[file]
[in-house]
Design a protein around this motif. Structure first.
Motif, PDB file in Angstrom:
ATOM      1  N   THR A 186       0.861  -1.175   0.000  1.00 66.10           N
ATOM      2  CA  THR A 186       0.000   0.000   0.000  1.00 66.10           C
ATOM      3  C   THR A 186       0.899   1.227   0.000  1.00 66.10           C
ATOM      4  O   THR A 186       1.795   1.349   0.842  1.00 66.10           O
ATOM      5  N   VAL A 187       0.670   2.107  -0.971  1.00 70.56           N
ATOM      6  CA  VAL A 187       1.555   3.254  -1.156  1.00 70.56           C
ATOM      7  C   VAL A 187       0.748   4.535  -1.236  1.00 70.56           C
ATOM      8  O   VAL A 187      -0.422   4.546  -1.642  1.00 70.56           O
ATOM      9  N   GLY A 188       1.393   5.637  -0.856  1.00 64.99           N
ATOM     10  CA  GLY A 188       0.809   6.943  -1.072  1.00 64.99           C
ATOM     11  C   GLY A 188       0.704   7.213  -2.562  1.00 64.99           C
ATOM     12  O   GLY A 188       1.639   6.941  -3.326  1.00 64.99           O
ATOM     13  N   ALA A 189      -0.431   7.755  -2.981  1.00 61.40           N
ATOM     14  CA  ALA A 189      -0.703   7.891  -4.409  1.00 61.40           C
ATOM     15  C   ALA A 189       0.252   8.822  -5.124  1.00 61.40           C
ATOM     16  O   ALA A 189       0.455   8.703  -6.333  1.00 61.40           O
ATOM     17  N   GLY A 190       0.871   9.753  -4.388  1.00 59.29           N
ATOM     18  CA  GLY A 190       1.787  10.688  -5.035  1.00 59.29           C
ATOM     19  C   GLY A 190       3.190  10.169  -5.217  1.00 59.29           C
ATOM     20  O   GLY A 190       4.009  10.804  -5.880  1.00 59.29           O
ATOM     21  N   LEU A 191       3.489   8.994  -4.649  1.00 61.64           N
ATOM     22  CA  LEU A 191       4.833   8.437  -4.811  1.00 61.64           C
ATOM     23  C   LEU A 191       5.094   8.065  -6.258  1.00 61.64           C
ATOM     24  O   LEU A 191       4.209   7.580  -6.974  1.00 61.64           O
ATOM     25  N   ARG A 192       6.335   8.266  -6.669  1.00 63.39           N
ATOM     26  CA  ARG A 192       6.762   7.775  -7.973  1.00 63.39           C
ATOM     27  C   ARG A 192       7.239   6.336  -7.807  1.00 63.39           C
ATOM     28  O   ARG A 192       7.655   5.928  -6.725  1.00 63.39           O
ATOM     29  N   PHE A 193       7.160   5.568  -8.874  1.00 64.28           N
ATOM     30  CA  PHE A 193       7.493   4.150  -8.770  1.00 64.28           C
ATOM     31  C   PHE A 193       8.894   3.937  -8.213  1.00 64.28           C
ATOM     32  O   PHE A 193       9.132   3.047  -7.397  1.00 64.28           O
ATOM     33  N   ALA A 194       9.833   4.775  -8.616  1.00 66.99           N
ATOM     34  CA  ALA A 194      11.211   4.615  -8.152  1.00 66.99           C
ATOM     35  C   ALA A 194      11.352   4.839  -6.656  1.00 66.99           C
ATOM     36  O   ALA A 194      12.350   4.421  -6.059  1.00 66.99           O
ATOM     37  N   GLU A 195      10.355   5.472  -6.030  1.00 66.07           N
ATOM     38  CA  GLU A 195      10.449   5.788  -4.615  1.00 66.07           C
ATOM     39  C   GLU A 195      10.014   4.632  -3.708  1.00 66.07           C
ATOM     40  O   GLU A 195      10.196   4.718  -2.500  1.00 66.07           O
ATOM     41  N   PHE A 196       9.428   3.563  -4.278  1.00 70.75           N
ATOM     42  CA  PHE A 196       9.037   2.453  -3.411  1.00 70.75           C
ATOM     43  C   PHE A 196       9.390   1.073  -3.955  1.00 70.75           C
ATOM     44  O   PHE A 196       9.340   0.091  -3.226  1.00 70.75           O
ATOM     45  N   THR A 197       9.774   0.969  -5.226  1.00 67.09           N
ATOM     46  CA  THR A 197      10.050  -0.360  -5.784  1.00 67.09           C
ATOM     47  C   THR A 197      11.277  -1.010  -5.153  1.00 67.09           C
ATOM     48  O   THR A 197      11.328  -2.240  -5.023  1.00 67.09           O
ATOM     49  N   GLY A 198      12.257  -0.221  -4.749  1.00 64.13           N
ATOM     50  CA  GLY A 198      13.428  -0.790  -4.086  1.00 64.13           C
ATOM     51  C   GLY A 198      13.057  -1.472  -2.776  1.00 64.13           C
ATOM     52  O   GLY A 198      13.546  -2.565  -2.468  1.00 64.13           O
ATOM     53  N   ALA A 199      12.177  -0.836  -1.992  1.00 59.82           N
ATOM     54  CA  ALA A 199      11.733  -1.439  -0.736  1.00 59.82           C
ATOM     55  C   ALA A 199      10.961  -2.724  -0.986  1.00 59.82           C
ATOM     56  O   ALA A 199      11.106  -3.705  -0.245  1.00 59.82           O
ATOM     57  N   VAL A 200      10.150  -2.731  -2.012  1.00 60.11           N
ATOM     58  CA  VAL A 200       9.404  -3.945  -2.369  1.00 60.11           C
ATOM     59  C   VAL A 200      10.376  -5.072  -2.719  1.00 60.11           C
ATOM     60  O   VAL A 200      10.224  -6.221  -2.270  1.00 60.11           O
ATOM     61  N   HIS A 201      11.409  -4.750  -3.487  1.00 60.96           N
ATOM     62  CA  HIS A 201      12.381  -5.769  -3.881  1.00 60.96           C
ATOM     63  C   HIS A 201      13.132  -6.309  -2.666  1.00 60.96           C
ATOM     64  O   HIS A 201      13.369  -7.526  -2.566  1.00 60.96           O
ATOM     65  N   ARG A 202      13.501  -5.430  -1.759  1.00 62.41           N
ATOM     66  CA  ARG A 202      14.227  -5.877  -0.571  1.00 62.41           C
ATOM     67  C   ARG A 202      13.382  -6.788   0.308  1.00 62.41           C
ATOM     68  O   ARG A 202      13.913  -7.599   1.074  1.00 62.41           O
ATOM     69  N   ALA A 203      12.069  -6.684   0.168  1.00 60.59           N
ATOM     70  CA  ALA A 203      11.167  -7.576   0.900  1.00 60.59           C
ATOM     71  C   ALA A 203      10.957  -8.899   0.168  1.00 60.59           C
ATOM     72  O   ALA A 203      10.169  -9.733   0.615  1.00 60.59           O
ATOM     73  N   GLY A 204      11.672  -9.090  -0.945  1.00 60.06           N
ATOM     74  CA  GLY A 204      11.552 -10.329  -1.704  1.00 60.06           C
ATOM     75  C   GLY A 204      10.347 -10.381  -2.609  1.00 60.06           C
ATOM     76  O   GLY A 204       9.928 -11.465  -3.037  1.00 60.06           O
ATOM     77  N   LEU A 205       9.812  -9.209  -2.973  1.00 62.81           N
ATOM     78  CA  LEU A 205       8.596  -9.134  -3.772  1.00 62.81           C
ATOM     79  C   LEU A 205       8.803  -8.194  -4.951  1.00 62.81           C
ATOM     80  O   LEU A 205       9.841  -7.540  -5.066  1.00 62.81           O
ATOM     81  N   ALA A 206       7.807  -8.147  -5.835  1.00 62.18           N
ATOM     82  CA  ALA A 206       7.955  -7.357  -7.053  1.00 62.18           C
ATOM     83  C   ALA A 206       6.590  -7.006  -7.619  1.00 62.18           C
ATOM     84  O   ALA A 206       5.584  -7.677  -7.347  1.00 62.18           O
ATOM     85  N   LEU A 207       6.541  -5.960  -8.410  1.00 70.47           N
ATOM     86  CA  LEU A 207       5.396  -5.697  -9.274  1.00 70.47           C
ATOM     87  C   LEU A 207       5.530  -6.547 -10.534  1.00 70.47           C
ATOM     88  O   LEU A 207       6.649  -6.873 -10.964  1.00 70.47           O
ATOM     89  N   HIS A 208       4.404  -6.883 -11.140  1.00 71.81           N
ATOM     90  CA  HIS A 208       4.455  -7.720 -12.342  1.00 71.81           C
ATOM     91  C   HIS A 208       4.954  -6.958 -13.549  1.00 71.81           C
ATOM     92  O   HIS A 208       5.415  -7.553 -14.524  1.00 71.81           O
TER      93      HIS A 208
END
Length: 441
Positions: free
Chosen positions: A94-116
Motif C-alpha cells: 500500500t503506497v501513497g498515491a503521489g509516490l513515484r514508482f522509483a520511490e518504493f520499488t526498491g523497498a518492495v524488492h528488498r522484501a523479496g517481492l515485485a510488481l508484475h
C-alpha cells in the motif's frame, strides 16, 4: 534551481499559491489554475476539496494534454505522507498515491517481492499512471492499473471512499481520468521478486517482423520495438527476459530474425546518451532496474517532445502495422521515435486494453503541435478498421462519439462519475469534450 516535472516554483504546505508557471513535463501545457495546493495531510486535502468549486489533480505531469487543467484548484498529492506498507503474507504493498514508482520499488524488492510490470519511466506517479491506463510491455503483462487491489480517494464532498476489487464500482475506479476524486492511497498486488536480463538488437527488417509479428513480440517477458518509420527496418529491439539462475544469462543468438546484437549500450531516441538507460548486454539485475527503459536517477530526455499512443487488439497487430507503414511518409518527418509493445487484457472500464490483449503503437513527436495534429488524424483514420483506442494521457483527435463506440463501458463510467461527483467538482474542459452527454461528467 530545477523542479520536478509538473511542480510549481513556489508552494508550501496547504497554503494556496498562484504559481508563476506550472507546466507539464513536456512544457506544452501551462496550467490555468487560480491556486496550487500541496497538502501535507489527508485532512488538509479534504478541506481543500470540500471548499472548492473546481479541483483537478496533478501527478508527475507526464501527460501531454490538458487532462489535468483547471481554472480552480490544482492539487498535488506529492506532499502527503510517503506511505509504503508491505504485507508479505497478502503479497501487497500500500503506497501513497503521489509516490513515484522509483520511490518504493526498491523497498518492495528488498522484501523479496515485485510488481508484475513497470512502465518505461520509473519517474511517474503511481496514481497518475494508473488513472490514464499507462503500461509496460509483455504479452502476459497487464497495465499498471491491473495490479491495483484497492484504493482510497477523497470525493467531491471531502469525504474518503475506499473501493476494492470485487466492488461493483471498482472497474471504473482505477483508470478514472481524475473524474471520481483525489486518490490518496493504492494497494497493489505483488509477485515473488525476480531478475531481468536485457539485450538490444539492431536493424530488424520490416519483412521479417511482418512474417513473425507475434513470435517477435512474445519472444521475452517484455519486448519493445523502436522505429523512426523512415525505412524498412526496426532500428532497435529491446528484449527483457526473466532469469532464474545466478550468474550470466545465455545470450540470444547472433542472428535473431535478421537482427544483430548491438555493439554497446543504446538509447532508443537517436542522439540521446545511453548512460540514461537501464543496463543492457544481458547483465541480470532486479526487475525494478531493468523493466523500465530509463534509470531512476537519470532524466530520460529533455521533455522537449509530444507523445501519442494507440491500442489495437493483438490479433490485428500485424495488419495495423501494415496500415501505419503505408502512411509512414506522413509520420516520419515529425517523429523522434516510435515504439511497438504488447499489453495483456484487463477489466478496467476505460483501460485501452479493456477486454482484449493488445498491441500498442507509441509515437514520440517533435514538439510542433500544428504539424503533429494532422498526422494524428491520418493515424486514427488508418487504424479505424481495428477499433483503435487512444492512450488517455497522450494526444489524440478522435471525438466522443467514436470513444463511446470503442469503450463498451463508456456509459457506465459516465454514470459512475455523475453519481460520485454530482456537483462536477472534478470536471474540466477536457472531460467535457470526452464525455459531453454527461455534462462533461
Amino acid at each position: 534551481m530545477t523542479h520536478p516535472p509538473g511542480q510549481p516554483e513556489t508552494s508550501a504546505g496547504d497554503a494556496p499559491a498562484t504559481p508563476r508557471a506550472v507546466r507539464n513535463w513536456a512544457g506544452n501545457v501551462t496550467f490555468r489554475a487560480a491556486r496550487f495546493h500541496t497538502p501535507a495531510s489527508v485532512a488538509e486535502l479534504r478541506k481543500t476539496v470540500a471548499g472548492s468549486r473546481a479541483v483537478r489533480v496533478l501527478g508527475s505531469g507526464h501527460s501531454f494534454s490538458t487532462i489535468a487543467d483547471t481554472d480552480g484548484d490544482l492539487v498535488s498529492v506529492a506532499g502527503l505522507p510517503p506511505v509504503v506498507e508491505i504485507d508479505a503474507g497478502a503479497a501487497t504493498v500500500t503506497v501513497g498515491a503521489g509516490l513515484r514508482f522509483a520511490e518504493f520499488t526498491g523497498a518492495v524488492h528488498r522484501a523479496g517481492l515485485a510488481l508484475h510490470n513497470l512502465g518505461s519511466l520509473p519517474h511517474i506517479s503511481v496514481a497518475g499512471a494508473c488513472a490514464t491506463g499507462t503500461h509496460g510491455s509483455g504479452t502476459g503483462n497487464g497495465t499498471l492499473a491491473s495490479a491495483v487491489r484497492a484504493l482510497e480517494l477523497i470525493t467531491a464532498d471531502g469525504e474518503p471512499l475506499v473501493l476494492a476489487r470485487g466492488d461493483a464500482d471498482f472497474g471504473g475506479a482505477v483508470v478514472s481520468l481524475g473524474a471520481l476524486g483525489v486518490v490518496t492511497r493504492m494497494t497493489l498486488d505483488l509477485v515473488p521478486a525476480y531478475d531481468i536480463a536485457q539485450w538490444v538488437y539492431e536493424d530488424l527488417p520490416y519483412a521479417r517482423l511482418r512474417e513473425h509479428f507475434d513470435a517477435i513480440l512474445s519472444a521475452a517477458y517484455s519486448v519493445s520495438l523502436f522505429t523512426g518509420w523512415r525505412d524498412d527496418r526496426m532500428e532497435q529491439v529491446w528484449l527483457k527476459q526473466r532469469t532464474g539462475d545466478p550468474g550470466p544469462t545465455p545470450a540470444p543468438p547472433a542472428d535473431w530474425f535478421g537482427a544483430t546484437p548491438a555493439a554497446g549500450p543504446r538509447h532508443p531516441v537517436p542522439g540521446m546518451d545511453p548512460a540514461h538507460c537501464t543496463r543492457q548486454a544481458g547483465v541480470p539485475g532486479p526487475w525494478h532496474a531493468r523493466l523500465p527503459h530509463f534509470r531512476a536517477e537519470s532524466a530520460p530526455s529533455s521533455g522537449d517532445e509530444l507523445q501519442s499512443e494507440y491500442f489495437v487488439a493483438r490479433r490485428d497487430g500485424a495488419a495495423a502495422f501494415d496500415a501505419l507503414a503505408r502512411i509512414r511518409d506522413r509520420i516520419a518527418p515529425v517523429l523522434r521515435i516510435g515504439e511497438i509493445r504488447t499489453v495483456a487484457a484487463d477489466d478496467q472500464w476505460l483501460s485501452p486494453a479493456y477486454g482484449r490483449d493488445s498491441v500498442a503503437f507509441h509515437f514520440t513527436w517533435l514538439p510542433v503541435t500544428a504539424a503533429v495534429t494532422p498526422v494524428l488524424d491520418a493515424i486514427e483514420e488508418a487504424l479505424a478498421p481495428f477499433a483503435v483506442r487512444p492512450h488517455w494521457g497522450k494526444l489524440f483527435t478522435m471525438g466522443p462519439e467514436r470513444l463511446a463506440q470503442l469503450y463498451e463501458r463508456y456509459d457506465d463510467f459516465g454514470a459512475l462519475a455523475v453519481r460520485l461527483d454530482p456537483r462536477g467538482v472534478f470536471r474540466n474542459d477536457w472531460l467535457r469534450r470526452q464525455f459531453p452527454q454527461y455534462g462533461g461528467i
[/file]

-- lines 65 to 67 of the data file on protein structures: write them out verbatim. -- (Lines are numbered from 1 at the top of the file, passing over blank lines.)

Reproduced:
ATOM     62  CA  HIS A 201      12.381  -5.769  -3.881  1.00 60.96           C
ATOM     63  C   HIS A 201      13.132  -6.309  -2.666  1.00 60.96           C
ATOM     64  O   HIS A 201      13.369  -7.526  -2.566  1.00 60.96           O